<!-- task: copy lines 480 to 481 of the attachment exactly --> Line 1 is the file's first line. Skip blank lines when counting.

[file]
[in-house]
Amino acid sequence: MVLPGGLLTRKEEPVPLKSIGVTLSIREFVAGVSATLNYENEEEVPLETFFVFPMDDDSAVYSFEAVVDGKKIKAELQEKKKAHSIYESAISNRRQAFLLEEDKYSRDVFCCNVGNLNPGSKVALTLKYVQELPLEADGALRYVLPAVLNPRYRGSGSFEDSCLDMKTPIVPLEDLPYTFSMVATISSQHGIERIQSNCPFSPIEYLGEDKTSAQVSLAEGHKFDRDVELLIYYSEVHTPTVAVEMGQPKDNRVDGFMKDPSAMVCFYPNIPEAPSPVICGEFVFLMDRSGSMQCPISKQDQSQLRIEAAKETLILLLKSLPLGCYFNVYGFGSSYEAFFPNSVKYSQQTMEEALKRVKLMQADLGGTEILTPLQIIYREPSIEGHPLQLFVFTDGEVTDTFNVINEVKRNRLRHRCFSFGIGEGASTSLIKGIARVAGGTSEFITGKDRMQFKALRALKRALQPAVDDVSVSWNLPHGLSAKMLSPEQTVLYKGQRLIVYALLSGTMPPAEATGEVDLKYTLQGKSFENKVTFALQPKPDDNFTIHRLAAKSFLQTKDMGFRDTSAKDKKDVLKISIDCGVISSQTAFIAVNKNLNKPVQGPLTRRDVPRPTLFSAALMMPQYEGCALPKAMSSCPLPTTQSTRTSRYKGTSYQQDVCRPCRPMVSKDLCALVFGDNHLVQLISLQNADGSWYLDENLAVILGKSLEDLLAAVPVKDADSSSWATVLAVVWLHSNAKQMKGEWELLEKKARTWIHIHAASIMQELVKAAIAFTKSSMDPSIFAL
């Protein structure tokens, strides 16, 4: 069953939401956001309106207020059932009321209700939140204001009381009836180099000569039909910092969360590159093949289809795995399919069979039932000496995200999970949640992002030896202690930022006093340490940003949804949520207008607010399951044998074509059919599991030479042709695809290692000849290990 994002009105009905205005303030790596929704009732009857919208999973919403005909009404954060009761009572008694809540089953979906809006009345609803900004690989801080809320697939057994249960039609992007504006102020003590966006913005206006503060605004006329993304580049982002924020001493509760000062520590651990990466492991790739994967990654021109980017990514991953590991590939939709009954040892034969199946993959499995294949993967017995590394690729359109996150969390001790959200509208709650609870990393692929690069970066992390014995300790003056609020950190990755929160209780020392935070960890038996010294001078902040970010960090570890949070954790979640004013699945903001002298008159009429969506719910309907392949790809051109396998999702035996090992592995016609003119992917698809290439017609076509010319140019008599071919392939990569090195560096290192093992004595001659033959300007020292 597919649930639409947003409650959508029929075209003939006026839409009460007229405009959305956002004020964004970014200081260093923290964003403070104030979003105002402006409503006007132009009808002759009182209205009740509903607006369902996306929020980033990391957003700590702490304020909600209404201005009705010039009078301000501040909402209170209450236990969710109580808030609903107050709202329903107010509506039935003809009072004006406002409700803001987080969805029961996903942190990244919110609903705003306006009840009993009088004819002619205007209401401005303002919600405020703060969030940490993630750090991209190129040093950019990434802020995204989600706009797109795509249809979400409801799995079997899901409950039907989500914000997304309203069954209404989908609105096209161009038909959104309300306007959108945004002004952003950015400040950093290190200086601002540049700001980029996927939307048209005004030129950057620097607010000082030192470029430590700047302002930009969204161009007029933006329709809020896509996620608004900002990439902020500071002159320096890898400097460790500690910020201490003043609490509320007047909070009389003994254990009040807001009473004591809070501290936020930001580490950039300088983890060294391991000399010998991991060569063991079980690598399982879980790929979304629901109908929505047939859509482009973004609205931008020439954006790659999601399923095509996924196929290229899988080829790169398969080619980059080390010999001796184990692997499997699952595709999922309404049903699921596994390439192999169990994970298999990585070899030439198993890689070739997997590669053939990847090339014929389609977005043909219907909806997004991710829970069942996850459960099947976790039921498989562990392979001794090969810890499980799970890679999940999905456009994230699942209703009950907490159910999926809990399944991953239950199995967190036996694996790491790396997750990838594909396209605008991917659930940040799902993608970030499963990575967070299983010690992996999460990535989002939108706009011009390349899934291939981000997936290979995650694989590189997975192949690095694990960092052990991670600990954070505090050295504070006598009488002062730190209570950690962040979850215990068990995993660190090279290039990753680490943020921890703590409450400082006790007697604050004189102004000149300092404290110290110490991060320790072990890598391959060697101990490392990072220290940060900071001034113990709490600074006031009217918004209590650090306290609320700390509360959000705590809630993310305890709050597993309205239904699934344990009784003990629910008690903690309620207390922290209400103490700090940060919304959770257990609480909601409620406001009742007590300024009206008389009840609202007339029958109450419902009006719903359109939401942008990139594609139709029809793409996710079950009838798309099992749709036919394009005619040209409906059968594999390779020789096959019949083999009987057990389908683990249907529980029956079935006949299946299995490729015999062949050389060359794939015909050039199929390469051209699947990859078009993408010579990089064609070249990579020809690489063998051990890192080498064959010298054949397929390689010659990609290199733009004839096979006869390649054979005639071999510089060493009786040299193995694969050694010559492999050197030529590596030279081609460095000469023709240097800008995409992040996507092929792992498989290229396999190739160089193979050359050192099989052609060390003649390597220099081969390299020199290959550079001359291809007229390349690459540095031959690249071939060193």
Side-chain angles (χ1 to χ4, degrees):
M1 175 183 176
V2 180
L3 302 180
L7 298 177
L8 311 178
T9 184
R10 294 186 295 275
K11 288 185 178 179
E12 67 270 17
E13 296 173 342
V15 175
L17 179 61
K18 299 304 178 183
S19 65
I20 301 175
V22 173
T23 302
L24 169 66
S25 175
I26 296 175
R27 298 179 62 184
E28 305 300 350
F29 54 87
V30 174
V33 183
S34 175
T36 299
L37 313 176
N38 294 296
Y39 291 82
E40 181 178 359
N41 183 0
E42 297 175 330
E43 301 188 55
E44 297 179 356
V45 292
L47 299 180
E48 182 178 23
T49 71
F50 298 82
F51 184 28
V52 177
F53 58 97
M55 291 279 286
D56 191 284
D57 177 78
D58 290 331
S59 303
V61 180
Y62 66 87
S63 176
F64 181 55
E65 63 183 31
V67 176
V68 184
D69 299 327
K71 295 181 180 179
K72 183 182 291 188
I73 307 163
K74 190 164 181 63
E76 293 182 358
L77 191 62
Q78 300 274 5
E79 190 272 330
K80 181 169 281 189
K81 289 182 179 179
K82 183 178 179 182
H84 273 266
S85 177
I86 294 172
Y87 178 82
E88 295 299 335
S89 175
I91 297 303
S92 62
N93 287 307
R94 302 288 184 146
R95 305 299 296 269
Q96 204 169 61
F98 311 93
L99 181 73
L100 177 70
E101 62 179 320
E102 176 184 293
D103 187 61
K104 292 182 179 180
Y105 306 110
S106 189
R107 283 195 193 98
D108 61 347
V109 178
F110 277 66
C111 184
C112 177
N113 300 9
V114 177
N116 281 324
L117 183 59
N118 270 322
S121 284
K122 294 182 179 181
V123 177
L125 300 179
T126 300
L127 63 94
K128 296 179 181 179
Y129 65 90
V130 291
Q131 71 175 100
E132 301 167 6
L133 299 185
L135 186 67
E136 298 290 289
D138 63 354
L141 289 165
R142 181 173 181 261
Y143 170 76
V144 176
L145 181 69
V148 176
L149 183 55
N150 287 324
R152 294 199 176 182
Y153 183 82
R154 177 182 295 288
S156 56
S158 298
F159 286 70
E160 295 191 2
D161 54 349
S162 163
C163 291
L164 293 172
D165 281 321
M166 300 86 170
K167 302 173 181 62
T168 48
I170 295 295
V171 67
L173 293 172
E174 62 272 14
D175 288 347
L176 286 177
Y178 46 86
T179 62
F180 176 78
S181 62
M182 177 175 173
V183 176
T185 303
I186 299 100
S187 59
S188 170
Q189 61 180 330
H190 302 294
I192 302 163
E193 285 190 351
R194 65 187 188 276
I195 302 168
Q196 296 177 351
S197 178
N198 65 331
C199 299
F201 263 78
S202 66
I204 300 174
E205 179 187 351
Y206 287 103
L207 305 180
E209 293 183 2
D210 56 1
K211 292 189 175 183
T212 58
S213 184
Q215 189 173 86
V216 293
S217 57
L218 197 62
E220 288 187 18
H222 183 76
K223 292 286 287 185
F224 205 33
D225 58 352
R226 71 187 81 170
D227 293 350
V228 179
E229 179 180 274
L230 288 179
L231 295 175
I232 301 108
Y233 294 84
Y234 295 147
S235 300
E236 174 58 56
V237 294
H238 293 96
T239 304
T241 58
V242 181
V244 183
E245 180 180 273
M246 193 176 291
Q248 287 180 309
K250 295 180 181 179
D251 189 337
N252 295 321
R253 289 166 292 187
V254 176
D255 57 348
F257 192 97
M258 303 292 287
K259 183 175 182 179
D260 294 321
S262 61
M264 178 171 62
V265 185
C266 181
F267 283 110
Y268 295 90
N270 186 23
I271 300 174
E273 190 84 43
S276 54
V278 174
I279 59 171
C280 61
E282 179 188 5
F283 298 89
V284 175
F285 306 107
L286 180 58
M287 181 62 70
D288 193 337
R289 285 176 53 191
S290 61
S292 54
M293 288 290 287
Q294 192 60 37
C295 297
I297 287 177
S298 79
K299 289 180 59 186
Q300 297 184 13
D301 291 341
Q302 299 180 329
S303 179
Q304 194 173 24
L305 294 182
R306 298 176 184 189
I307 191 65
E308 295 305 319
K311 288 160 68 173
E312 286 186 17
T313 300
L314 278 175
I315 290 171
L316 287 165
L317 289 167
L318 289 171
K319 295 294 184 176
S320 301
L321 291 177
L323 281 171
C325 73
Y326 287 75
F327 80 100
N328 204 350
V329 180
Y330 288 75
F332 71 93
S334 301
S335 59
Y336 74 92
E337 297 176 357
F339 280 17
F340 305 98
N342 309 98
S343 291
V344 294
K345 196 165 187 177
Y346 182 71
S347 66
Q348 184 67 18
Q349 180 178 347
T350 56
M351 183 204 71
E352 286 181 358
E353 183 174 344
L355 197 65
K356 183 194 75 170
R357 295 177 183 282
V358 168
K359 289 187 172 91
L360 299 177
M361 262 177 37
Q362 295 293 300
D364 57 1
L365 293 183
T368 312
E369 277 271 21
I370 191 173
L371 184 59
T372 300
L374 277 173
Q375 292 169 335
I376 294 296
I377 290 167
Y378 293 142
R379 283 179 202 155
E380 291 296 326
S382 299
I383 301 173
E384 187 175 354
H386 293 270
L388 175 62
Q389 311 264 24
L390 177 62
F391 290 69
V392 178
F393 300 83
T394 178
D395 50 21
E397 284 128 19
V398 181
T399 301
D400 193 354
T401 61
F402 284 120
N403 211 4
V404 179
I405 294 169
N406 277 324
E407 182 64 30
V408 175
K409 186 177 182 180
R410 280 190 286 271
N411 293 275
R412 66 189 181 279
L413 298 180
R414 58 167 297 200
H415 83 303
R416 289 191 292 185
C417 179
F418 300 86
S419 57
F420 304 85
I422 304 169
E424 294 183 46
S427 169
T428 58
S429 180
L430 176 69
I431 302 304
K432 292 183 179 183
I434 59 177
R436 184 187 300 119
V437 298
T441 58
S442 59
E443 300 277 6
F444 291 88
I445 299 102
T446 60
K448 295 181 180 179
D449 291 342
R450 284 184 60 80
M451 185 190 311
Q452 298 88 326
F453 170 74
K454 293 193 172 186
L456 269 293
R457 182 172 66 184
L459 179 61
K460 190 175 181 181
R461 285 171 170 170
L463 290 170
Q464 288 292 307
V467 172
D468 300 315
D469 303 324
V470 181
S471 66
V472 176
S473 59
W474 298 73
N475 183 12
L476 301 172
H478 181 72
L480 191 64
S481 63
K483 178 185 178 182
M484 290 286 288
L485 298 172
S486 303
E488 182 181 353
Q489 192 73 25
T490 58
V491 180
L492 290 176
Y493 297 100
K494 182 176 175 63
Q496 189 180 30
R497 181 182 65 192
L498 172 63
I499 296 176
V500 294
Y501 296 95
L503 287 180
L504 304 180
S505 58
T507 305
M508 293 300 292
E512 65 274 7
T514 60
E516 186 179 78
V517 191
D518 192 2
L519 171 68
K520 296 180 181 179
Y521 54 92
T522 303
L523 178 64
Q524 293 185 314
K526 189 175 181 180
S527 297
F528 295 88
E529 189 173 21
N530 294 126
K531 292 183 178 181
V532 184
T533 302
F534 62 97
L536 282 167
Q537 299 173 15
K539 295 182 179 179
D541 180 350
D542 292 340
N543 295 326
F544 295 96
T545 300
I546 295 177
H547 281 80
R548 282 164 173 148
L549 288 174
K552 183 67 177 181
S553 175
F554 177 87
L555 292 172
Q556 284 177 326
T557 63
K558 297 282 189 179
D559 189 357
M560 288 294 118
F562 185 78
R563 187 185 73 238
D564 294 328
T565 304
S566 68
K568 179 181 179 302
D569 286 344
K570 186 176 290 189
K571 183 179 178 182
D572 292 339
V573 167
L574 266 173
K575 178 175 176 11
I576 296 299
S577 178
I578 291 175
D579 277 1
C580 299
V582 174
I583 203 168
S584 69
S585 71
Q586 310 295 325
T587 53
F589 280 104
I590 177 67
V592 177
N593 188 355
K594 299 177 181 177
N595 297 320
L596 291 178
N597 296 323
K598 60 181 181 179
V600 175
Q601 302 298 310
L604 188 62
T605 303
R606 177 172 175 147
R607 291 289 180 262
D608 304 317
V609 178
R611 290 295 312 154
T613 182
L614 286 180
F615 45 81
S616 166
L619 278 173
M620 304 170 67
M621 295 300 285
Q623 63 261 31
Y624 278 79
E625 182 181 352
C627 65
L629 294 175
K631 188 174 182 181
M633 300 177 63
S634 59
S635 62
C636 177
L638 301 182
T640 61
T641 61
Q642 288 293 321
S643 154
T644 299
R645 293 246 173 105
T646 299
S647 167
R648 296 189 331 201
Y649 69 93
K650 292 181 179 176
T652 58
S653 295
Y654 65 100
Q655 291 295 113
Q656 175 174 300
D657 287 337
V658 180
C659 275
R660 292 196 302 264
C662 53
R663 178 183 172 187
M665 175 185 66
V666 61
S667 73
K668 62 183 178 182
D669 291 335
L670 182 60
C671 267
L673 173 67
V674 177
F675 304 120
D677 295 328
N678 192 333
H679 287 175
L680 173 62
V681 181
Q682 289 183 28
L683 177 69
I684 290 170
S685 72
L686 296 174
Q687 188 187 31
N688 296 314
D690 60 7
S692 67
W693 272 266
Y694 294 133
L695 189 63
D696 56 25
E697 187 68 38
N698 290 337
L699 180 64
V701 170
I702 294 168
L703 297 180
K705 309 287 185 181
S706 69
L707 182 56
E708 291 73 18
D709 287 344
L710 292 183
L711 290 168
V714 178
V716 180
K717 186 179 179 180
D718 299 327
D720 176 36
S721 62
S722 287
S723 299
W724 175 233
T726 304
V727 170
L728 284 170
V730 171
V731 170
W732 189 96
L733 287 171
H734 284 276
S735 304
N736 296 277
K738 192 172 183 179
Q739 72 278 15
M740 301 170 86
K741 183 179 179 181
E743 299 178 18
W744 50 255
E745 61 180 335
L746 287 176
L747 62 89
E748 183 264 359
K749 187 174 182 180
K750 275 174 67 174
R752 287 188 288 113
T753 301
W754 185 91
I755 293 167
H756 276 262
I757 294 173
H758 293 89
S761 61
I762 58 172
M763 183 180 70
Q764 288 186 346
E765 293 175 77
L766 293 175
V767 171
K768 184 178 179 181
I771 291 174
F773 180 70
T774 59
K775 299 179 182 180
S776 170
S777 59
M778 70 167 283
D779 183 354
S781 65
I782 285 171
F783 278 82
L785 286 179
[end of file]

Q586 310 295 325
T587 53